About Mrs. Naomi King

Born in Dothan, Alabama in 1931, Mrs. Naomi Ruth Barber King was destined to become a woman of quiet dignity, strength and support to her husband, her family and the communities around her. Naomi would come to walk in the grace and distinction of her beloved butterflies, and acquire the noted title of the “Butterfly Queen.”

Like the butterfly, Mrs. King brings beauty and joy to everyone around her. Colorful and talented, she uses her creativity to handle the most difficult tasks, and manages to put those near her at ease in the process. “Jesus is my anchor, and I praise God for His love and blessings,” she often proclaims.

In the early days of her life, Naomi was raised by her mother Bessie Barber who was a favored cook in a prominent Atlanta home. They had moved to Atlanta to “make a better living” for themselves. “Mama Bessie” spared nothing for the upbringing of her daughter. Thanks to the generosity of her mother’s employers, Naomi wore the finest clothes, observed the most admired social graces and received the best education possible for her times.

Bessie and Naomi joined Ebenezer Baptist Church and began to grow spiritually under the pastorate of Rev. Martin Luther King, Sr. and his wife, Mrs. Alberta Williams King. Naomi got to know their children, and caught the eye of their youngest son, A. D. As a young woman, Naomi was charming, graceful, willowy and beautiful. She stood out in a crowd, and was often selected by local clothing stores as a preferred fashion model, earning for her the distinct honor of being featured in shop windows and circulars right along with “white” counterparts. Later, photographs of Naomi and her children would also appear prominent Atlanta photographers’ galleries.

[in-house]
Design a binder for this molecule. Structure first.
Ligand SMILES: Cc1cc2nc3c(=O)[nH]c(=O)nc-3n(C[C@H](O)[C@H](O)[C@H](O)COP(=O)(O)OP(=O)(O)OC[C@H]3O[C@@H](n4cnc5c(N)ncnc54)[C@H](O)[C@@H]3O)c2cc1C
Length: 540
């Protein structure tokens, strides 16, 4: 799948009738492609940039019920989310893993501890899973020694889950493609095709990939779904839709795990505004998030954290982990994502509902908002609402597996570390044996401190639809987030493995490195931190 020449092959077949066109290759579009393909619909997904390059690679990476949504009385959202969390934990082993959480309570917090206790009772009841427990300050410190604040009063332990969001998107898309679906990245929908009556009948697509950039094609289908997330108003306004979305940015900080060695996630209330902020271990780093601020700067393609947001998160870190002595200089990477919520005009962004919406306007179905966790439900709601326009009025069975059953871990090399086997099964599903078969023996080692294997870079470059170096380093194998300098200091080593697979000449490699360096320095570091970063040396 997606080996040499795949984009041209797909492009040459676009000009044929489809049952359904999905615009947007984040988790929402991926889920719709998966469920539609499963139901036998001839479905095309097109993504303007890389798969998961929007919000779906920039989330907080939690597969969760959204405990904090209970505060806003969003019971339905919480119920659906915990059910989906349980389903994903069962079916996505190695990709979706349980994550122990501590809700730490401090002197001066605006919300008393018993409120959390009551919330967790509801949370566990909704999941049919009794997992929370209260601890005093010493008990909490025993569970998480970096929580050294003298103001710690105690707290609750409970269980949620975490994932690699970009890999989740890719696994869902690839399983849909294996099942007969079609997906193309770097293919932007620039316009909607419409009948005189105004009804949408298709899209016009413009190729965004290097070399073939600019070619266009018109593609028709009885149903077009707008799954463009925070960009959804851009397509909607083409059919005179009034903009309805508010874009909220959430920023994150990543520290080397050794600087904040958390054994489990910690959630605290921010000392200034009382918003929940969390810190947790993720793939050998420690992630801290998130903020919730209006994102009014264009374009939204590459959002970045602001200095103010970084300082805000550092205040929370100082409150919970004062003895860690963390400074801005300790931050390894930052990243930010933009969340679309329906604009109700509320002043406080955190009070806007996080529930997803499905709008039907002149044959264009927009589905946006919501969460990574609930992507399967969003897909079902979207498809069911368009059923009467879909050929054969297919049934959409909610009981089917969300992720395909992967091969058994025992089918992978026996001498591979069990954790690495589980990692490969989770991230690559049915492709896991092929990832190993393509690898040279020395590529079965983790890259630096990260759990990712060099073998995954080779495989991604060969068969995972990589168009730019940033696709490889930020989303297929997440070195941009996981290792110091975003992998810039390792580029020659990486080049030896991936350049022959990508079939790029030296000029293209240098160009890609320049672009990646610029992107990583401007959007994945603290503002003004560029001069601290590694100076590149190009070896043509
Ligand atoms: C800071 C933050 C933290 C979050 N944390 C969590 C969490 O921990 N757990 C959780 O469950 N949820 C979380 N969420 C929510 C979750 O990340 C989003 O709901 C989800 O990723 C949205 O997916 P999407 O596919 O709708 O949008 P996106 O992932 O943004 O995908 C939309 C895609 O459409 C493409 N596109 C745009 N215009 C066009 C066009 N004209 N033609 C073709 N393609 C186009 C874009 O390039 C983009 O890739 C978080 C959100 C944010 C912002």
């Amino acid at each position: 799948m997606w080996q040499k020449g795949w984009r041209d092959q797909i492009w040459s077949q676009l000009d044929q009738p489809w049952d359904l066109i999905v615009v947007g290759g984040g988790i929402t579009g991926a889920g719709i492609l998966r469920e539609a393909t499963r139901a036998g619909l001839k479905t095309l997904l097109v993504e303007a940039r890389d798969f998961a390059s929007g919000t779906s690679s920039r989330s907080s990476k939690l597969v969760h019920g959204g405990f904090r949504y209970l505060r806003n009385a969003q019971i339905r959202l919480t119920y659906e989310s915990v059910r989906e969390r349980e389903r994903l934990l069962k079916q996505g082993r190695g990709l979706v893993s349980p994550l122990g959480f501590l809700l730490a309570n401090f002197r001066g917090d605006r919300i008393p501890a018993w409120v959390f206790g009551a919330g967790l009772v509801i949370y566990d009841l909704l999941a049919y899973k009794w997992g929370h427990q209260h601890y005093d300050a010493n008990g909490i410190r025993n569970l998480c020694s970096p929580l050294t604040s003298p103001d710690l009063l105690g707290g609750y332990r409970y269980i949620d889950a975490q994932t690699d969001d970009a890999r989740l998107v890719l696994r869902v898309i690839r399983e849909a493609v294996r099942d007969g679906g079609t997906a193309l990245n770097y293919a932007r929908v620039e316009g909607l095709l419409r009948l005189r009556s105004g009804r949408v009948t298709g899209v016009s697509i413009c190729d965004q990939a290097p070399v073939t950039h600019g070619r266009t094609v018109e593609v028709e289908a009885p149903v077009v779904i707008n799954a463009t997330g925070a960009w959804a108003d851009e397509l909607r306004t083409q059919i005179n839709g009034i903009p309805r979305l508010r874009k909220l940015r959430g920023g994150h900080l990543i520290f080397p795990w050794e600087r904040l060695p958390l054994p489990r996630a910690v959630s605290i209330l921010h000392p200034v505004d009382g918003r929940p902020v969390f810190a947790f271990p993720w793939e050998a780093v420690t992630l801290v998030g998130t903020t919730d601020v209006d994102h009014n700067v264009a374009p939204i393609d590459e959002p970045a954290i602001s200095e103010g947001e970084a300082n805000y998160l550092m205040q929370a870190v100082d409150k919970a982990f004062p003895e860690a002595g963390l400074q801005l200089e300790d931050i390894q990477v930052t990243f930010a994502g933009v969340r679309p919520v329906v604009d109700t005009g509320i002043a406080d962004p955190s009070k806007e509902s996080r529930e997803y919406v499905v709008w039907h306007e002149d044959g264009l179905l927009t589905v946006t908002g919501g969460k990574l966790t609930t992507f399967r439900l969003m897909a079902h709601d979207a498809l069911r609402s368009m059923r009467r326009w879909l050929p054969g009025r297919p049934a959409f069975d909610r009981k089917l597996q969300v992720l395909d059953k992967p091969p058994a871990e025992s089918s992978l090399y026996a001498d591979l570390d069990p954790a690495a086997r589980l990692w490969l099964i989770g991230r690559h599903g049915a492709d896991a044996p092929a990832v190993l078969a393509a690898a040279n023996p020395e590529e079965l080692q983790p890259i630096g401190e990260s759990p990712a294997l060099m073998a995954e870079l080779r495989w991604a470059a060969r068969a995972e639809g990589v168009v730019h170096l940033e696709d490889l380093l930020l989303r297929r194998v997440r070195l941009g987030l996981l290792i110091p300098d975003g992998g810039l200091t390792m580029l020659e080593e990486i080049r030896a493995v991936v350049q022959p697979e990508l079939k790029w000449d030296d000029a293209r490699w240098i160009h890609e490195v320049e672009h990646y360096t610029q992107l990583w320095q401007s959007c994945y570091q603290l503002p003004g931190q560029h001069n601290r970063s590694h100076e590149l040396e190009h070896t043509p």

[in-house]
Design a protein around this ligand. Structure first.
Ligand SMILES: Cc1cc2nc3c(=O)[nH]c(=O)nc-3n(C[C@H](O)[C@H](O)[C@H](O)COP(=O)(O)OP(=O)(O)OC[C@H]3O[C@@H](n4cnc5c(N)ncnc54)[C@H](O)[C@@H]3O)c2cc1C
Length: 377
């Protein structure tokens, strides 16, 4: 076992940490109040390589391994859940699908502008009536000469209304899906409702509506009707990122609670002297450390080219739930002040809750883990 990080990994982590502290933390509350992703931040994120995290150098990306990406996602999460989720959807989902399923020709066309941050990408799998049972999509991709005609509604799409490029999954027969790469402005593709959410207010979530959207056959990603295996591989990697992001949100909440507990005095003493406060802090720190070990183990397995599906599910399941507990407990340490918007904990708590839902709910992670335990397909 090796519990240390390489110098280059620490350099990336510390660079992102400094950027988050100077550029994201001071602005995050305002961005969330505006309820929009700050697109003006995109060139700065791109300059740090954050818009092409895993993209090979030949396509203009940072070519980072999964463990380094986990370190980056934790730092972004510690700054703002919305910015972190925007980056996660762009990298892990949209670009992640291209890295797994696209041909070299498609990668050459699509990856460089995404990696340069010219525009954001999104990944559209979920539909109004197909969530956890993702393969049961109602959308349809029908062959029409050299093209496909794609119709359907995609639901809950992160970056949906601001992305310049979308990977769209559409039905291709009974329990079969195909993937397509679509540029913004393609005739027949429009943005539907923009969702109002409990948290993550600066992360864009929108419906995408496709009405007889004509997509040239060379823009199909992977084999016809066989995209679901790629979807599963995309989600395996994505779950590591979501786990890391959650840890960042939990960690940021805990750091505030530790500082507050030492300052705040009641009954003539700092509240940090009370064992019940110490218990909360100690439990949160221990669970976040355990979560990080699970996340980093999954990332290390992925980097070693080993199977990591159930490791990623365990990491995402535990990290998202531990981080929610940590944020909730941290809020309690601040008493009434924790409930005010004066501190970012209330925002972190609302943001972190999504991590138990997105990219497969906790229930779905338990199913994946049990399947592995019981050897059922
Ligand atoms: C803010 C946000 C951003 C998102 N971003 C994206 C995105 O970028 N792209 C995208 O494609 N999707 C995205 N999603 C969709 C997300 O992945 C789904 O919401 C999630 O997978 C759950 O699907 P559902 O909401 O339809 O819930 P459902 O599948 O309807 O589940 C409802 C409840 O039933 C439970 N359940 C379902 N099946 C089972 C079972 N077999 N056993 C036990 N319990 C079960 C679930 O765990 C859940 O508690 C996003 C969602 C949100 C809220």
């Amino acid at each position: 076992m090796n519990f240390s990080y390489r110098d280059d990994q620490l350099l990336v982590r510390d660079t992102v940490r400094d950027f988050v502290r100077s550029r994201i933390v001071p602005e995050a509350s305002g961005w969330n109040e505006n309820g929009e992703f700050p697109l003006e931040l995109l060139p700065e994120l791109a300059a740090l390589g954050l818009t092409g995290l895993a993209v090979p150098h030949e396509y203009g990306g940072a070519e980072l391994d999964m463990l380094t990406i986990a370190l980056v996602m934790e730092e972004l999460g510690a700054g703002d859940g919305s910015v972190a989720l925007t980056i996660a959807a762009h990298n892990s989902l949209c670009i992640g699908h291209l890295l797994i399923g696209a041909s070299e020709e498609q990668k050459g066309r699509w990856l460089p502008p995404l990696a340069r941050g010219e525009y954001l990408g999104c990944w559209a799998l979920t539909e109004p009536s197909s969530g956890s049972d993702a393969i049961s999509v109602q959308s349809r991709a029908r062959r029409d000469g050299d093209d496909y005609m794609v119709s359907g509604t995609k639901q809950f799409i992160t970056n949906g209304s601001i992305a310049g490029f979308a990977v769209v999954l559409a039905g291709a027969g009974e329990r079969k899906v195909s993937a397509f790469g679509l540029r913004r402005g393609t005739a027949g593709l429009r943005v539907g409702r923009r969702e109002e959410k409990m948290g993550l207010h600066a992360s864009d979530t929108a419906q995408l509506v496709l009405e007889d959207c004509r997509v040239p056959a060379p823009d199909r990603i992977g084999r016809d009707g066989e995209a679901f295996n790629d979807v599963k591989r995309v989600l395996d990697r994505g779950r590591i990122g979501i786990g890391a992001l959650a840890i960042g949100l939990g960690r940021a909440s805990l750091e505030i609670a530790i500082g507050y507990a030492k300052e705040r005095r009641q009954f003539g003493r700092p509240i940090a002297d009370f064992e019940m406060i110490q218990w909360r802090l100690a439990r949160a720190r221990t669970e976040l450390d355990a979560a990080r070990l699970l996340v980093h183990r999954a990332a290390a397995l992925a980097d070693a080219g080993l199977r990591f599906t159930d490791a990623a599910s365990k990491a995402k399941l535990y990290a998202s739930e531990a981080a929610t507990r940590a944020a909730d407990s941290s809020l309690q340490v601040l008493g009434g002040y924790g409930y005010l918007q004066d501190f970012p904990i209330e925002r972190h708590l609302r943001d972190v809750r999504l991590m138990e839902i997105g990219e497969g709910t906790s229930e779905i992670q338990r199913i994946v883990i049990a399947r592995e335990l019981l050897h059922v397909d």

She was also a stellar student, excelling in French and English. Her scholastic abilities, especially her writing skills earned for her the distinct opportunity to address her class at her high school graduation. Her extracurricular talents included writing poetry, dancing and singing. She entered college as a “French Major.” Parlez-vous? Naomi’s ultimate calling would be life as a First Lady. With the support and guidance of “Daddy King,” she married A. D. and they began their family. They would parent five children, and together become the “quiet support” of Dr. Martin Luther King, Jr.; leader of the Civil Rights Movement of the 20th Century.

Naomi recalls that her courtship and marriage to Rev. King is a wonderful “love story.” A. D. called her “Neenie.” As the young wife of her activist husband, Rev. A. D. King, I, she stood as First Lady, confidant, prayer partner and advisor to the younger brother of the more famous Dr. Martin Luther King, Jr. In the height of the civil rights battles, where together A. D. and Naomi lived through the bombings of their home and later their church, Naomi was a “quiet strength” to her husband and family.

During his lifetime, Rev. A. D. shepherded four churches. At his side, Mrs. A. D. Williams King stood as First Lady, bringing musical concerts, women’s enrichment programs and gracious tools for living to their congregations. She was a noted hostess of women’s teas and a much sought after women’s day speaker.

Today, Mrs. King is a beloved mother, grandmother, great grandmother, relative, friend, comfort and bright light to those in the church and communities she serves. Naomi is the inspiration of the documentary project A. D. King: Brother to the Dreamer. She is an author and speaks out on important issues of the day. For more information, please visit www.adkingfoundation.com
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